Dlink Wireless Router Access Point

| December 1, 2010

If you’ve recently upgraded your router, you can use your old router as a Dlink wireless router access point elsewhere in the house to extend the range of your wireless coverage. Routers perform tasks that make running two routers on the same network difficult, so you will first need to disable some features in the old D-Link before it can be used as a WAP. To dumb the router down, you’ll need to disable Universal Plug and Play (UPnP) and DHCP, and then change the IP address to an address within the range on your LAN.

Note: These principles apply to other router manufacturers, as well, but the specifics–such as IP address–will be different.

Steps To Make Your Dlink Wireless Router Access Point

To convert your old router into Dlink wireless router access point, first make sure your computer has an IP address similar to 192.168.0.xxx. If your new router is also a D-Link, then it should be. To confirm, go to Start, Run and type cmd and hit OK. At the command prompt, type ipconfig /all and hit return. You will see your Ethernet adapter in the list, along with the IP address. Write this IP address down if it’s different.

If it is NOT similar to 192.168.0.xxx, you’ll need to change it in the Network Settings. Right-click your network adapter and change it to Static IP Address of 192.168.0.10 with a subnet mask of 255.255.255.0. Save and reboot to confirm the settings take effect. When we’re completely finished, you will want to go back to this section and change it back to Obtain IP Address Automatically.

Dlink Wireless Router Access Point

Once your computer has the correct IP address, perform the following steps:

  1. Reset the router (recommended). There is a button on the back. Use a paperclip and depress the button for twenty seconds or until you see the lights on the front of the router flash. The router may reboot on its own.
  2. Next, plug your computer into the router via an Ethernet cable into one of the available LAN ports on the router.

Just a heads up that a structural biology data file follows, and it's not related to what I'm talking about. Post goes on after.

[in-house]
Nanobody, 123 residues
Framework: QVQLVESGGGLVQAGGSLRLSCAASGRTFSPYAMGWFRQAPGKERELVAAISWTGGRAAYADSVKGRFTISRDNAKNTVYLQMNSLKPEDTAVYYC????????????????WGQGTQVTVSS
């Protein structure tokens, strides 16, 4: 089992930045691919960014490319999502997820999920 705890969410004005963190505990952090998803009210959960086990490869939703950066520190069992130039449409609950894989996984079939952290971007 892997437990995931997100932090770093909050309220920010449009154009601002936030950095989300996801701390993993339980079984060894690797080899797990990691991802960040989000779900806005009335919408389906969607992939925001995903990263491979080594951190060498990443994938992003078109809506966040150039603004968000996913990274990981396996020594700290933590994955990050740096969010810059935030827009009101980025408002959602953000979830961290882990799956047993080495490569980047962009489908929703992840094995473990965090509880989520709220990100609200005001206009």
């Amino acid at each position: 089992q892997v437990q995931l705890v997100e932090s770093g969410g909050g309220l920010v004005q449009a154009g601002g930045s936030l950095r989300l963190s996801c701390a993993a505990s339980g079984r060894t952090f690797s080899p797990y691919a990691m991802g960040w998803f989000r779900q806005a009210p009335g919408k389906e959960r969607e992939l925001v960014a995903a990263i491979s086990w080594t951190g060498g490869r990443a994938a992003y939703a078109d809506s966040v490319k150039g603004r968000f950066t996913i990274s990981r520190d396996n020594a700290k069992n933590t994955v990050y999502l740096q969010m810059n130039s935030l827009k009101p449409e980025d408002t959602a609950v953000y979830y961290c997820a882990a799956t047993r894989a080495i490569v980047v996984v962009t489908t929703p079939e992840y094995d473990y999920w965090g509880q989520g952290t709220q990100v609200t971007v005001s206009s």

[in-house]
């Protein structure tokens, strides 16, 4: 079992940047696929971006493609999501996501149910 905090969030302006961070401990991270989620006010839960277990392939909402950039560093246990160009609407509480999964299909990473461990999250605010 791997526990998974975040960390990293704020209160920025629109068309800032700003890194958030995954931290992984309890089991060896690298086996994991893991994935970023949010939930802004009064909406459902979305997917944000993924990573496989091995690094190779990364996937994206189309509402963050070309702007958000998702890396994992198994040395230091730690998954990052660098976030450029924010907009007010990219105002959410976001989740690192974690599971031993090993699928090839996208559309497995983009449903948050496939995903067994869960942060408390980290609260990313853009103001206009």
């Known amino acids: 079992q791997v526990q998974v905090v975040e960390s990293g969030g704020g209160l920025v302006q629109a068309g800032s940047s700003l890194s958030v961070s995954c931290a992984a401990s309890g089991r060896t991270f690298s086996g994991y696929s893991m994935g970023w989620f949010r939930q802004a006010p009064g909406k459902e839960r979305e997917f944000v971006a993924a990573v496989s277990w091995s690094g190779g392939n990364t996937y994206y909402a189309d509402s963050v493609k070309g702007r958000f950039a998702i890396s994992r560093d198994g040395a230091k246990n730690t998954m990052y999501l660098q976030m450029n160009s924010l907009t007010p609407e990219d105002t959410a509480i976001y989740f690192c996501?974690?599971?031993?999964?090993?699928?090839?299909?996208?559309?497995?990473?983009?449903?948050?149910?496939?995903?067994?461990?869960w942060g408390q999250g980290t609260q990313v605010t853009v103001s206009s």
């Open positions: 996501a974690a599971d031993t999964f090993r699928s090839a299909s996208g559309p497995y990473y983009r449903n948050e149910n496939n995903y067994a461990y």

3. Open your web browser and enter http://192.168.0.1 and press enter. When the login box appears, type admin and leave the password field empty, then hit enter.
  4. Click on Advanced and then click Advanced Network. Uncheck the option that enables UPnP and then click Save.
  5. Click Setup, then click Network Settings. Uncheck the option for DHCP server and click Save to continue.
  6. Next, look under the router settings and enter an IP address in the range of your current network. If the IP address you wrote down above is different than something like 192.168.0.xxx, you will need to change. For instance, if your computer’s previous IP addresss was 192.168.1.2 this means the new router has an IP address like 192.168.1.1. Therefore, your old D-link router will need to be on that network, too. To do this, make the address something like 192.168.1.20. In this example, you changed the third number (octet) to a “1” instead of “0.” If your computer previously had a “0” in that position, make the IP address of the D-Link something like 192.168.0.20. Save, then close the browser.
  7. At this point, you’ll want to go back into the network adapter of your computer and change it back to Obtain IP Address Automatically if you had to change it to a static IP address before we started.
  8. Disconnect your computer from the D-Link and hook it back up to your network and reboot the PC.
  9. Connect the old D-Link router to a LAN port of your new router.
  10. You should now be able to login to the Dlink Wireless Router Access Point at http://192.168.0.20 if you used the IP address we used in the example above. You will want to configure wireless settings, such as WPA-2 for security and set a new admin username and password if you haven’t already.

Dlink Wireless Router Access Point Concluded

Congratulations on configuring your old router as a Dlink Wireless Router Access Point. Your D-Link is now a WAP on your network. To get maximum range, run an Ethernet line to a location furthest from the new router. You might need to go through the walls and ceiling or basement, but this will give you maximum range and  speed with a new wired WAP in a location where there was previously dead spots. If you have other questions regarding a Dlink Wireless Router Access Point, be sure to read our other networking articles.

Category: Networking

Dave

About the Author ()

Dave has been providing free computer repair and tech support advice online since 2002. Join us on our forums and be sure to subscribe to our newsletter for weekly tips and other helpful computer articles. Connect with me on: Google+

Comments (4)

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  1. David says:

    so when you set up the old DLink do you use the same SSID and key etc of the new (primary) wireless router?

    • Dave Dave says:

      No, you will use a different SSID for the old D-link (Office1, Office2, etc). Regarding the key, you should make it the same as the other, but it can be different if you want.

  2. Will says:

    Dave,
    I have had success with creating the WAP with my old router, however my wife does not like the way the wire looks connecting the two. Due to limitations with the structure of my home i am unable to run wires through walls and the such. Is there a way that the WAP can be connected to the new router wireless.
    Thanks Will

    • Dave Dave says:

      If the router is wireless, yes. If the router is wired you will need to use another wrap to connect the two. Post in our forums and we’ll discuss the particulars.